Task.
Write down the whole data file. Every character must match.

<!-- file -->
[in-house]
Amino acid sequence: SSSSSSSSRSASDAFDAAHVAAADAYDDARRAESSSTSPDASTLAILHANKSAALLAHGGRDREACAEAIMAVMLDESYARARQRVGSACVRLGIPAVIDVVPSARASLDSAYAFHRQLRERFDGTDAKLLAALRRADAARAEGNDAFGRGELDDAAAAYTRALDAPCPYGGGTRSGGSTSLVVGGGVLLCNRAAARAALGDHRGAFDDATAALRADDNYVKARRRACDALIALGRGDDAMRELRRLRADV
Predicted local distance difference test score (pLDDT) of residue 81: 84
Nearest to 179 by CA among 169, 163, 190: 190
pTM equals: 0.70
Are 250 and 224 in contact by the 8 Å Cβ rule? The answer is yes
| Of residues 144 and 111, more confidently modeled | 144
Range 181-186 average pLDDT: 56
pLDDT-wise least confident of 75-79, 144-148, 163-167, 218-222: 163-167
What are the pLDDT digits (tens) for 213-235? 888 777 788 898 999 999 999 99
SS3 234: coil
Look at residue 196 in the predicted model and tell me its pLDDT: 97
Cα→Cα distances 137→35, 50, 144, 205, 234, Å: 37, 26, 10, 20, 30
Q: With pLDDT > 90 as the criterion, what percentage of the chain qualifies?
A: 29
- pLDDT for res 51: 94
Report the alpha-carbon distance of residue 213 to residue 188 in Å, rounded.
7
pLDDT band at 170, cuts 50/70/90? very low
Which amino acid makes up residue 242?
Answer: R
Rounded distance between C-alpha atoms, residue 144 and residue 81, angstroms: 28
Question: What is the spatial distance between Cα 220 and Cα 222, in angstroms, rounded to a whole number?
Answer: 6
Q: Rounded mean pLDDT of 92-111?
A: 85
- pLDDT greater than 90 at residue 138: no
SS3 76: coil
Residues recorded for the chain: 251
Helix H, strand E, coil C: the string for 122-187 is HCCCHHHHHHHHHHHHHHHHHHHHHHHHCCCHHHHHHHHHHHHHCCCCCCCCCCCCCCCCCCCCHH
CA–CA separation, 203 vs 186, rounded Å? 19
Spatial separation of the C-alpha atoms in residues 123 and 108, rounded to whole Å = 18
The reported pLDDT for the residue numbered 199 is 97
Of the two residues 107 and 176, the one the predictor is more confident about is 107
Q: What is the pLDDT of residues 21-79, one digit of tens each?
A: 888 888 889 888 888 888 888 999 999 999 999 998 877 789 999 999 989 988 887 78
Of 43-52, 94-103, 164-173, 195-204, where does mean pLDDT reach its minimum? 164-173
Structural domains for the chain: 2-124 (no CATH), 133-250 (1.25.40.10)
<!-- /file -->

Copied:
[in-house]
Amino acid sequence: SSSSSSSSRSASDAFDAAHVAAADAYDDARRAESSSTSPDASTLAILHANKSAALLAHGGRDREACAEAIMAVMLDESYARARQRVGSACVRLGIPAVIDVVPSARASLDSAYAFHRQLRERFDGTDAKLLAALRRADAARAEGNDAFGRGELDDAAAAYTRALDAPCPYGGGTRSGGSTSLVVGGGVLLCNRAAARAALGDHRGAFDDATAALRADDNYVKARRRACDALIALGRGDDAMRELRRLRADV
Predicted local distance difference test score (pLDDT) of residue 81: 84
Nearest to 179 by CA among 169, 163, 190: 190
pTM equals: 0.70
Are 250 and 224 in contact by the 8 Å Cβ rule? The answer is yes
| Of residues 144 and 111, more confidently modeled | 144
Range 181-186 average pLDDT: 56
pLDDT-wise least confident of 75-79, 144-148, 163-167, 218-222: 163-167
What are the pLDDT digits (tens) for 213-235? 888 777 788 898 999 999 999 99
SS3 234: coil
Look at residue 196 in the predicted model and tell me its pLDDT: 97
Cα→Cα distances 137→35, 50, 144, 205, 234, Å: 37, 26, 10, 20, 30
Q: With pLDDT > 90 as the criterion, what percentage of the chain qualifies?
A: 29
- pLDDT for res 51: 94
Report the alpha-carbon distance of residue 213 to residue 188 in Å, rounded.
7
pLDDT band at 170, cuts 50/70/90? very low
Which amino acid makes up residue 242?
Answer: R
Rounded distance between C-alpha atoms, residue 144 and residue 81, angstroms: 28
Question: What is the spatial distance between Cα 220 and Cα 222, in angstroms, rounded to a whole number?
Answer: 6
Q: Rounded mean pLDDT of 92-111?
A: 85
- pLDDT greater than 90 at residue 138: no
SS3 76: coil
Residues recorded for the chain: 251
Helix H, strand E, coil C: the string for 122-187 is HCCCHHHHHHHHHHHHHHHHHHHHHHHHCCCHHHHHHHHHHHHHCCCCCCCCCCCCCCCCCCCCHH
CA–CA separation, 203 vs 186, rounded Å? 19
Spatial separation of the C-alpha atoms in residues 123 and 108, rounded to whole Å = 18
The reported pLDDT for the residue numbered 199 is 97
Of the two residues 107 and 176, the one the predictor is more confident about is 107
Q: What is the pLDDT of residues 21-79, one digit of tens each?
A: 888 888 889 888 888 888 888 999 999 999 999 998 877 789 999 999 989 988 887 78
Of 43-52, 94-103, 164-173, 195-204, where does mean pLDDT reach its minimum? 164-173
Structural domains for the chain: 2-124 (no CATH), 133-250 (1.25.40.10)